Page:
We’re rolling into 2021 with a whole lot of optimism. Here’s hoping this year, thanks to the vaccine rollout, we’ll finally be able to start traveling again—and that we’ll dust off our passports and get to reschedule those ambitious 2020 trips we had to cancel.
It’ll be some time before we get there, though, so like last year our upcoming plans are hyper-local, as we do everything we can to reduce the virus’s continuing spread. But staying close to home doesn’t have to mean shutting off a sense of adventure: We’re taking great drives, plotting out epic meals, and finding slices of our favorite travel destinations right where we live (we’re also continuing to support our favorite local businesses, as they need us more than ever).
To make sure your well of pandemic-era things to do never runs dry, we’re continuing to share our favorite weekend finds, from our various home bases throughout the U.S. We’ll be updating this story regularly with new weekend activities, so keep checking back for new tips near you.
All products featured in this story are independently selected by our editors. However, when you buy something through our retail links, we may earn an affiliate commission.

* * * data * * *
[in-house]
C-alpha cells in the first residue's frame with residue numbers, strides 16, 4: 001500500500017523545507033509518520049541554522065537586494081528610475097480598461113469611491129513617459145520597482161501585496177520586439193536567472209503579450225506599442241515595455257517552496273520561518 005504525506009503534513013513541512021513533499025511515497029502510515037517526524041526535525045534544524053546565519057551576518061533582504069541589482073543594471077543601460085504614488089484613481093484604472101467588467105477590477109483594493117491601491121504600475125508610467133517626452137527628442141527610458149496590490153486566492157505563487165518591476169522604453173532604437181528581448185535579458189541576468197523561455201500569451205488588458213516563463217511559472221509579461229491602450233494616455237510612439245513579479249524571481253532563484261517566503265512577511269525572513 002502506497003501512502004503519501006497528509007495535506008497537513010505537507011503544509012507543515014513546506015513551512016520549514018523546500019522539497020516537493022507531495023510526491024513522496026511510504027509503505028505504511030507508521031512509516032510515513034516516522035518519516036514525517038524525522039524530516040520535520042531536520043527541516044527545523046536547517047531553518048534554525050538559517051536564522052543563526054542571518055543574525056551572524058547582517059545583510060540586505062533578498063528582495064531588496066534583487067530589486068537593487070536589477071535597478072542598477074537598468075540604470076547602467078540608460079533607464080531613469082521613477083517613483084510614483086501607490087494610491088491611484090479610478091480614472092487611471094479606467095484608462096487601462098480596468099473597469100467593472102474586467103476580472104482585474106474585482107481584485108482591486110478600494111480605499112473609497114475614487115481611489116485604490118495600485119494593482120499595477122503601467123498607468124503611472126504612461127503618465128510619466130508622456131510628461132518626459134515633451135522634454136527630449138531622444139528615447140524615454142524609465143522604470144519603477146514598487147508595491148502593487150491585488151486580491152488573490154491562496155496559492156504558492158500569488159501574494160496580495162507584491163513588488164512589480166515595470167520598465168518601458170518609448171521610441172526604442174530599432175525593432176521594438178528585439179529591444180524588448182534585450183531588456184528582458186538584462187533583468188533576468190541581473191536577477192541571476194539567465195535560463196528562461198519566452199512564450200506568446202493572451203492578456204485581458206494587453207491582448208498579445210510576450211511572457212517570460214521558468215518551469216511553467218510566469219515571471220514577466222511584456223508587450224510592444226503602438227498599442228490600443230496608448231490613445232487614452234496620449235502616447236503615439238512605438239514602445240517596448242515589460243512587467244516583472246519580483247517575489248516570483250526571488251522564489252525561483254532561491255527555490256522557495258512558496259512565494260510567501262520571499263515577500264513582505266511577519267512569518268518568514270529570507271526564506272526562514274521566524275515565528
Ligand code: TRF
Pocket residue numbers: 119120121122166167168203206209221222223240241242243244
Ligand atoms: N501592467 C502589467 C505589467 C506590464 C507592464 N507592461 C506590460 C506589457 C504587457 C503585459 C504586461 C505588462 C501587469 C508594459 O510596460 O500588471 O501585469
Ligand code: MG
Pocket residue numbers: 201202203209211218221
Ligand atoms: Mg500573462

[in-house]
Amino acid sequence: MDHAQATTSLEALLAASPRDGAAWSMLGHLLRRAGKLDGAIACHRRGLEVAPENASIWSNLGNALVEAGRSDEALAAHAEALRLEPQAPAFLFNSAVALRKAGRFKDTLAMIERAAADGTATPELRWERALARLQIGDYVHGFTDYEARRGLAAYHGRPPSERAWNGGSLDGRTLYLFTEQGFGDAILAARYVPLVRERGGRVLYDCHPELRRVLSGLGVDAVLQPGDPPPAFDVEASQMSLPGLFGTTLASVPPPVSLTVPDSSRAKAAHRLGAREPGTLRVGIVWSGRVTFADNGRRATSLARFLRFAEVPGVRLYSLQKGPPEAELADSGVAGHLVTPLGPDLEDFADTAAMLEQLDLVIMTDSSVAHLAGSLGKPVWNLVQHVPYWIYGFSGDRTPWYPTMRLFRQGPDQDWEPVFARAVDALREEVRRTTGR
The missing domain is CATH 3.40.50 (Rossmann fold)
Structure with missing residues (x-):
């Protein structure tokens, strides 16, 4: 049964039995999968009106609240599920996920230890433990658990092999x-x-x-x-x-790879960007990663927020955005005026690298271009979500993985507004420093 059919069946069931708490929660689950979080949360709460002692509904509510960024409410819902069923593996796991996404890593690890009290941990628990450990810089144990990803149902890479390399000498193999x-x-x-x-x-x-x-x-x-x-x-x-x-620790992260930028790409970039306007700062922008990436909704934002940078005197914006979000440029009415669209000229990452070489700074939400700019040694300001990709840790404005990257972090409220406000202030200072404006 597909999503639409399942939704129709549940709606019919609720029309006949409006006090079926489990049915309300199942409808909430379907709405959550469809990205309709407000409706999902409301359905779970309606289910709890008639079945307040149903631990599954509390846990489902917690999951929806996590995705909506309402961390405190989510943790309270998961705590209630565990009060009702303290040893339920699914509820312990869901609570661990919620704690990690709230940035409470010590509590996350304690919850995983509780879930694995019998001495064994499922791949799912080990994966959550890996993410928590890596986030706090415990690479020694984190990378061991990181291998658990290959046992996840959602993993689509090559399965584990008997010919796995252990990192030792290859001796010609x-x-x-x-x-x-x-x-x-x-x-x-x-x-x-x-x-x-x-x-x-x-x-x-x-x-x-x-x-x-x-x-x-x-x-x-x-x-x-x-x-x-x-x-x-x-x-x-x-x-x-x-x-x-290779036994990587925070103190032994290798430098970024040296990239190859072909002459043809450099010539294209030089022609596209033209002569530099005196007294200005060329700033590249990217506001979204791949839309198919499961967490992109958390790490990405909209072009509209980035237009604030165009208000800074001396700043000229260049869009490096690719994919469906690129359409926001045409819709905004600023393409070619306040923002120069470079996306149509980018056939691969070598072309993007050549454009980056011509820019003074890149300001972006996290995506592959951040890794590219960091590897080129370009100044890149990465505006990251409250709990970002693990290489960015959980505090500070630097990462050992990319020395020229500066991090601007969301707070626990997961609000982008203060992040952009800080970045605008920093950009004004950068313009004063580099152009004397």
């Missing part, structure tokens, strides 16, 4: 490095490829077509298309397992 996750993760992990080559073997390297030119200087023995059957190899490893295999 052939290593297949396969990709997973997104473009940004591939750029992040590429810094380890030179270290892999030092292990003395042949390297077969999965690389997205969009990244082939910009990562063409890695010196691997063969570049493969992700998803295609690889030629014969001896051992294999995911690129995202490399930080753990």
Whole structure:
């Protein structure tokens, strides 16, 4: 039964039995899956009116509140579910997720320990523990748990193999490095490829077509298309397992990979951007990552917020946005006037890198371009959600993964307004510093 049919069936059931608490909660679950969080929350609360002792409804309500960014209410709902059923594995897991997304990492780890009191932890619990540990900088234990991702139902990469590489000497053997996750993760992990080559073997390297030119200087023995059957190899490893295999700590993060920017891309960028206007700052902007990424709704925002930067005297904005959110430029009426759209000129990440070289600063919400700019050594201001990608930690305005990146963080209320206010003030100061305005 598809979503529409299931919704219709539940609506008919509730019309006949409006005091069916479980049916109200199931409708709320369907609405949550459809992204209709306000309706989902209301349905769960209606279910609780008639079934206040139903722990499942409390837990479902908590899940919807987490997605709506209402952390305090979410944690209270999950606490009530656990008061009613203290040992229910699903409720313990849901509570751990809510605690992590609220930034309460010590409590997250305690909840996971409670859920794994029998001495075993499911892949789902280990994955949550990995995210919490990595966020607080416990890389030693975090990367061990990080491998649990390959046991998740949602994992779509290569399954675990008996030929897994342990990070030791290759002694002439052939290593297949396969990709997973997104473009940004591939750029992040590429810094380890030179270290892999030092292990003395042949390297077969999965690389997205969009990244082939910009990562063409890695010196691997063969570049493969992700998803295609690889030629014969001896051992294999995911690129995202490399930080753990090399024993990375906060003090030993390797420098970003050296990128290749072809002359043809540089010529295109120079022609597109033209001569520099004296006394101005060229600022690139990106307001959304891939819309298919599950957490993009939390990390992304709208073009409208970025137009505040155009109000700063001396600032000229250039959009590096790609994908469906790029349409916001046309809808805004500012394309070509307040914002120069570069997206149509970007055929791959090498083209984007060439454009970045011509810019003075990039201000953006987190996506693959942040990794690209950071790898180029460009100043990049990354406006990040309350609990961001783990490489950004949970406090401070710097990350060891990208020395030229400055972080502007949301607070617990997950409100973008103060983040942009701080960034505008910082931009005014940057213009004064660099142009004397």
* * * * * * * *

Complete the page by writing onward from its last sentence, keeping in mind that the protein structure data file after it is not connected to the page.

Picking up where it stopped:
Fancy takeout in Fort Lauderdale
It’s been a time of reinvention for many fine dining establishments—the silver lining being easier access to top-notch chefs. That includes Miami chef Michelle Bernstein, who opened a ghost kitchen in Fort Lauderdale, Florida, at the end of last year, taking orders for delivery. My family and I jumped on the chance to order from her menu of best hits—and enjoy it from home. The pop-up, called Michy B’s, is said to be moving to Miami next; if you are within the delivery radius, don’t skip the Juicy Lucia (a burger made with brisket and churrasco, plus manchego and American cheese, pickled jalapeños, and caramelized onions). The empanadas are great too, as were the cauliflower nachos, croquetas, and her Ridiculously Creamy Bread Pudding, which absolutely lives up to its name. —Madison Flager, commerce editor
Indie bookstore hopping in Dallas
Over the course of last year on the Women Who Travel podcast, Lale and I heard from Cafe Con Libros’s Kalima DeSuze and Books Are Magic’s Emma Straub about how much independent bookstores need our continued support. I’m spending the winter in Dallas, so I had to stop by my two hometown favorites to stock up on winter reads. First up was Interabang Books, which used to be right around the corner from my parents’ house until it took a near direct hit from a tornado last year. Since then, the store has permanently relocated a short drive away, and is still filled with a great selection, the same helpful staff, and pointed book recommendations. It remains my go-to for bestsellers. Next stop was Wild Detectives, in Dallas’s Bishop Arts district, which is a coffee shop, bookshop, bar, theater combo with a highly curated selection of new releases and classics, records, and art. It’s where I go to snag unexpected hits, and a place I tend to linger for hours (in non-pandemic times). If you’re looking to pick up your own stack (or some gifts) and are located elsewhere in the U.S., check out this list of Black-owned bookstores or use Bookshop.org’s independent bookstore finder to locate a brick-and-mortar indie bookstore near you. —Meredith Carey, associate editor